Prince Charles' 'very emotional' first meeting with Lilibet
Prince Charles had a "very emotional" first meeting with granddaughter Lilibet.
The first in line to the British throne spent time with his son Prince Harry and his wife Meghan, Duchess of Sussex's 12-month-old daughter and three-year-old son Archie while the family were in the UK for Queen Elizabeth's Platinum Jubilee at the start of June.
And the 73-year-old future king was overjoyed to finally get to meet Lilibet Diana Mountbatten-Windsor, affectionately known as Lili, and to see Archie again after some time.
A senior royal source said: "It was fantastic to see them. It was wonderful to have them back in Britain.
"The prince and the duchess were absolutely thrilled to see them.
"The prince, of course, hasn’t seen his grandson Archie for a bit of time and so it was very, very, very special to have some time with him.
"He hadn’t met Lili, his granddaughter, and so to meet her was very emotional, a very, very wonderful thing."
Harry and Meghan attended a thanksgiving service at St Paul’s Cathedral as part of the Jubilee celebrations.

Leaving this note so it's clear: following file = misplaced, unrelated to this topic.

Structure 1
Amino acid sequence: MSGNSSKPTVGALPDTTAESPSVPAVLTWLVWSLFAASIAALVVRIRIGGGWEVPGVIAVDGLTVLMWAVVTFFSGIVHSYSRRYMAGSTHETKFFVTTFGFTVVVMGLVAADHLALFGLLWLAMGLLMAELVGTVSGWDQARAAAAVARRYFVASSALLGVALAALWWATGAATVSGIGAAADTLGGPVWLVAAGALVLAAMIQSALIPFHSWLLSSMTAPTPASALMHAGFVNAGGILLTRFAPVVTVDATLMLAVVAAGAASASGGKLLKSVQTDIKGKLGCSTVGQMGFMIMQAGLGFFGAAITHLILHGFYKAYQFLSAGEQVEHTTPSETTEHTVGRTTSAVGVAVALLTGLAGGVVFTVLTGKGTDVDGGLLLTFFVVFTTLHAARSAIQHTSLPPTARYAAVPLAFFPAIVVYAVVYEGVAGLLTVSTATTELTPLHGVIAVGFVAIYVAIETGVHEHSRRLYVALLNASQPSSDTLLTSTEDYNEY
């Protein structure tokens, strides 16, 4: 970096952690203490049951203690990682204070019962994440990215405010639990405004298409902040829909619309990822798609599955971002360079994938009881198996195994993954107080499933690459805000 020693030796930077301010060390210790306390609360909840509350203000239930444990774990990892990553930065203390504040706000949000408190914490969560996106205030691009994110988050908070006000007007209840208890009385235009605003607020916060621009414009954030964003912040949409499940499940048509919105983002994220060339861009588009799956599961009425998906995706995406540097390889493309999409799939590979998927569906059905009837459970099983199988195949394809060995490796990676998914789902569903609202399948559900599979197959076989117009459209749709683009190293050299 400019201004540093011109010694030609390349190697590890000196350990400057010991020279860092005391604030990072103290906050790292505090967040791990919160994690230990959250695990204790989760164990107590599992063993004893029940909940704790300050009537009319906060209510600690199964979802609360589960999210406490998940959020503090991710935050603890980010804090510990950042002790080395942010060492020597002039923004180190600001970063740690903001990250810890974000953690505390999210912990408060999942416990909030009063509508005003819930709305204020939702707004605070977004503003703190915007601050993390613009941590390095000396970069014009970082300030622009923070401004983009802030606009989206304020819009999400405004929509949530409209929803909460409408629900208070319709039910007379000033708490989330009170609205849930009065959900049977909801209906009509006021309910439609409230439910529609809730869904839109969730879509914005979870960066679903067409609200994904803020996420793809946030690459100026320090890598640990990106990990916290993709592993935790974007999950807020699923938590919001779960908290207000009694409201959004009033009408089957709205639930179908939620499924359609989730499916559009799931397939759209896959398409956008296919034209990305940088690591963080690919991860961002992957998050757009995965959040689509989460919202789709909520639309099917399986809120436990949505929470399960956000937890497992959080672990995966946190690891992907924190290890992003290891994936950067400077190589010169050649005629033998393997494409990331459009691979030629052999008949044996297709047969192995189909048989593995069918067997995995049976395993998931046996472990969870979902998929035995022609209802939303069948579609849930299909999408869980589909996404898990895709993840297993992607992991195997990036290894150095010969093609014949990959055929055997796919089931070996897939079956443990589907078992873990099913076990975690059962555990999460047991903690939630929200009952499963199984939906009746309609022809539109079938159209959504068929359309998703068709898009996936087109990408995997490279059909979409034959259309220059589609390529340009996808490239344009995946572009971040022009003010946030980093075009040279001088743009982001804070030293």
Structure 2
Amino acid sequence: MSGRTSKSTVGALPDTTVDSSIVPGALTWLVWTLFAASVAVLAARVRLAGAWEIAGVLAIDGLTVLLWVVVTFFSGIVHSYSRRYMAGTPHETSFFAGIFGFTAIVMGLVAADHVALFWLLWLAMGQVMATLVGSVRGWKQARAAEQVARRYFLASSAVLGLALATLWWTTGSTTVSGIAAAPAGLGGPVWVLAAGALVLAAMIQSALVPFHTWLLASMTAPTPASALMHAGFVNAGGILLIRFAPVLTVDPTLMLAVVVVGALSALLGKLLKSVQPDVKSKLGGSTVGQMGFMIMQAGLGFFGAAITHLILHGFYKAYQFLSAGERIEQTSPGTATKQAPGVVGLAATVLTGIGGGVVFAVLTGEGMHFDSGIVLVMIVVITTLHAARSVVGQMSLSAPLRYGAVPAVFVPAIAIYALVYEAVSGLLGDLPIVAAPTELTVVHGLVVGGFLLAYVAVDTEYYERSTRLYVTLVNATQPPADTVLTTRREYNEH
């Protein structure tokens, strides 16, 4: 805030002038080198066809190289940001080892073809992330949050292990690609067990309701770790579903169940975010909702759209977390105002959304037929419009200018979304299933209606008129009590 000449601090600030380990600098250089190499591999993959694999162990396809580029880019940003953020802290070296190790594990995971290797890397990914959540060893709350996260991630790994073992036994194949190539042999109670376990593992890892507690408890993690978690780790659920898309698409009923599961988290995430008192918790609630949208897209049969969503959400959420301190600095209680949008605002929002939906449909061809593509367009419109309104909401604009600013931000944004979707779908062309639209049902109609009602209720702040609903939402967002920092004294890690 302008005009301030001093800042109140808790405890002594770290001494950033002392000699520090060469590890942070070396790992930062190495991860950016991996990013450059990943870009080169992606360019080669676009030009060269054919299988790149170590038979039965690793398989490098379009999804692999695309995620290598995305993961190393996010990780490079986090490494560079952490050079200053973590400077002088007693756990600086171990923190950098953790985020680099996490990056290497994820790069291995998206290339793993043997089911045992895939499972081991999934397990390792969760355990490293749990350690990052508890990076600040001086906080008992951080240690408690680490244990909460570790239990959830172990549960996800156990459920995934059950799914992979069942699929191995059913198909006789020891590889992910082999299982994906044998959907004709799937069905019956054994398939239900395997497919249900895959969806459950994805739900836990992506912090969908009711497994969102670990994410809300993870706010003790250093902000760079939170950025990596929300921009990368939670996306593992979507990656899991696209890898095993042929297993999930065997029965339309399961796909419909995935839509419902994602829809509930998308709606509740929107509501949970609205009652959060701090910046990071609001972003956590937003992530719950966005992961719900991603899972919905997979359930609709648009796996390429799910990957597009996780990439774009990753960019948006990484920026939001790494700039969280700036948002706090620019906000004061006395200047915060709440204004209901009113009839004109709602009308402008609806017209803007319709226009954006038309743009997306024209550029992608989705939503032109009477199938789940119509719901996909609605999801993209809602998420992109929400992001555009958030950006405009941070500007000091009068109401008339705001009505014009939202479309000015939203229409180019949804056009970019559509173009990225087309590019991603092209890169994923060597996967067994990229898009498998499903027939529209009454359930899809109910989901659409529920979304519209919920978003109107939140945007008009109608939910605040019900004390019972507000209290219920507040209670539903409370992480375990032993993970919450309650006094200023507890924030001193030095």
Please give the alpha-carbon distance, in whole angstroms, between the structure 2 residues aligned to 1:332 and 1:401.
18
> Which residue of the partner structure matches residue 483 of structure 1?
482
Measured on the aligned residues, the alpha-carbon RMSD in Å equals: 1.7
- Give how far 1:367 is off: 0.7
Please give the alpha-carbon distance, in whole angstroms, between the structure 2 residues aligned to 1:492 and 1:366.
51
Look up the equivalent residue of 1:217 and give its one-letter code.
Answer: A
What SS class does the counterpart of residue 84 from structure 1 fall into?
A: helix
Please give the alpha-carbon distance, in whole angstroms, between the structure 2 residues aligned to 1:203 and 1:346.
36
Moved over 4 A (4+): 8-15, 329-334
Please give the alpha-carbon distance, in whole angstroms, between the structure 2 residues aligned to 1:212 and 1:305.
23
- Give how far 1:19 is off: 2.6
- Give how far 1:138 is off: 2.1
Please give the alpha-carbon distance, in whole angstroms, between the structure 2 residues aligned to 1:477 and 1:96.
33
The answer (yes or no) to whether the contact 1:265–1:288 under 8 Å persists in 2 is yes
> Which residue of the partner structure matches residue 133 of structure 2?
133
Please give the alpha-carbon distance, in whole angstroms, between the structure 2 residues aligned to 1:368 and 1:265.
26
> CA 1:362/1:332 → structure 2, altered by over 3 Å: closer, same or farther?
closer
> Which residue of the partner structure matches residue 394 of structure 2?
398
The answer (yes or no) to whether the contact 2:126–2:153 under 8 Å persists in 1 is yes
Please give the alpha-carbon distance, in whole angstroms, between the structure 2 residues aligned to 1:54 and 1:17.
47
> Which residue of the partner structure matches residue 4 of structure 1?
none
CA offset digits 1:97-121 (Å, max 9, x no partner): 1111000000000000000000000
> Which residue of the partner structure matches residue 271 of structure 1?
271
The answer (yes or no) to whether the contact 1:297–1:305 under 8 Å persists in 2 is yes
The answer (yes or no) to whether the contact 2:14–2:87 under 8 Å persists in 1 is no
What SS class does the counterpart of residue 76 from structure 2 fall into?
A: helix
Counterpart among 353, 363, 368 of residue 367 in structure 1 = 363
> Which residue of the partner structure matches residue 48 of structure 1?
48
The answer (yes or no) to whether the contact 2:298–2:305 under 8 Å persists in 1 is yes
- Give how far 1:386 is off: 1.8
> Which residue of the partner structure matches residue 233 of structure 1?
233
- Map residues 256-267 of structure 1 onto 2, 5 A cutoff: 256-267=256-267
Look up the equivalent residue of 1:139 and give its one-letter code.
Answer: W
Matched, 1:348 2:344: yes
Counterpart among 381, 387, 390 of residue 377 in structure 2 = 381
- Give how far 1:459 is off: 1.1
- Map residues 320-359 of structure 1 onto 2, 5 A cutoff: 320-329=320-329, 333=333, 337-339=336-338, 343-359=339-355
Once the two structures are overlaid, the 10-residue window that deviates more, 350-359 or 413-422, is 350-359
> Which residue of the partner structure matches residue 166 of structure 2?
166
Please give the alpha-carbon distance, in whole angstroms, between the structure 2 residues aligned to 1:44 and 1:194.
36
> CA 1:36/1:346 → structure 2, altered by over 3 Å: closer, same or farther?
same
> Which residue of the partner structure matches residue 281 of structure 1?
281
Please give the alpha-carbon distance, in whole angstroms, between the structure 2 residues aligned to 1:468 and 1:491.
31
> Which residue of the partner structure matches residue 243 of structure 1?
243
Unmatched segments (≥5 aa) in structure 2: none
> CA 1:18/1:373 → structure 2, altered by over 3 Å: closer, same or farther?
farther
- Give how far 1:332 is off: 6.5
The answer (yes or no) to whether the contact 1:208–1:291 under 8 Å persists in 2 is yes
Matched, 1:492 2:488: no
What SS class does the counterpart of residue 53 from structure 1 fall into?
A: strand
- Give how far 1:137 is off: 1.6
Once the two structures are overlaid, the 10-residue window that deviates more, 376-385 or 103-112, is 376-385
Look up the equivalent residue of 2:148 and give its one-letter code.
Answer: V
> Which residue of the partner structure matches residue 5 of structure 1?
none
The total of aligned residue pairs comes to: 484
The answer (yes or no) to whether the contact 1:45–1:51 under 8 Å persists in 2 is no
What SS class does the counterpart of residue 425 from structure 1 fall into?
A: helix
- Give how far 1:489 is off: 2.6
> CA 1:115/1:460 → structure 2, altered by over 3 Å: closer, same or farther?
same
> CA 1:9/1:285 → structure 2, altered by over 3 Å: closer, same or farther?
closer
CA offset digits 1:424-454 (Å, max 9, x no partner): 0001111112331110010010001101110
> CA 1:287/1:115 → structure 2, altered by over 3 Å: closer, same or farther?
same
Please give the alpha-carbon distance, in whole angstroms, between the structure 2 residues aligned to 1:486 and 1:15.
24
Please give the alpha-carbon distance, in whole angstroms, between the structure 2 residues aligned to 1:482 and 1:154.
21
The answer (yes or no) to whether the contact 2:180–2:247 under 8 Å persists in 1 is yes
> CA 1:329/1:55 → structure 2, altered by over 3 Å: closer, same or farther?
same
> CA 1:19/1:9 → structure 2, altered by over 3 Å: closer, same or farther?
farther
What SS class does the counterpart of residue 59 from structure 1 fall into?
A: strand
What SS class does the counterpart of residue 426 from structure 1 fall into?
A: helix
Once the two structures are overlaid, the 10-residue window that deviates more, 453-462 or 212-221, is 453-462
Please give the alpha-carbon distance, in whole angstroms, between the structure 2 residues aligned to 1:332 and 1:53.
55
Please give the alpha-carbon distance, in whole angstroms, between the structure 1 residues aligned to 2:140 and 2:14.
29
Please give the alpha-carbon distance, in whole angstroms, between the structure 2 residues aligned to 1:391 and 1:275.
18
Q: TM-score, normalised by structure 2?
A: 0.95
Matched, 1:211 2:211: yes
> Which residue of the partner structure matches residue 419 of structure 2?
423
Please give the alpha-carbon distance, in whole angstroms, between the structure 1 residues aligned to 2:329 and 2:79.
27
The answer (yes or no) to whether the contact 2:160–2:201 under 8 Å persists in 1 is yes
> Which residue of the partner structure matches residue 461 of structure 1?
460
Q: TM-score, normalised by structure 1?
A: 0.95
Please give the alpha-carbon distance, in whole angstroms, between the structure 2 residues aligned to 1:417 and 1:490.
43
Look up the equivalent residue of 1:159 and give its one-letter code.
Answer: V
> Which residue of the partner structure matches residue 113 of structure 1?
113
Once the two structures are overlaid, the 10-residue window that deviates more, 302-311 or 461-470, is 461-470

The 96-year-old monarch also got to meet her great-granddaughter, who celebrated her first birthday during the stay, for the first time.
The Duke and Duchess of Sussex now live in Montecito, California, after stepping down as senior members of the Royal Family.
Harry, 37, Meghan, 40, and their children stayed at Frogmore Cottage in Windsor, and Queen Elizabeth is said to have wanted their visit to help heal the family rift, which has widened since they quit as senior royals and complained about Harry's family in a televised interview with Oprah Winfrey.
A source explained to The Daily Mail newspaper before the visit: "Her Majesty is typically very keen that the Platinum Jubilee be a celebration not of herself and her own longevity, but of the institution of the monarchy and the people that support and sustain it.
"It is also a chance for people to come together after a very difficult period for this country. She doesn't want anything to overshadow it – and that includes any family issues."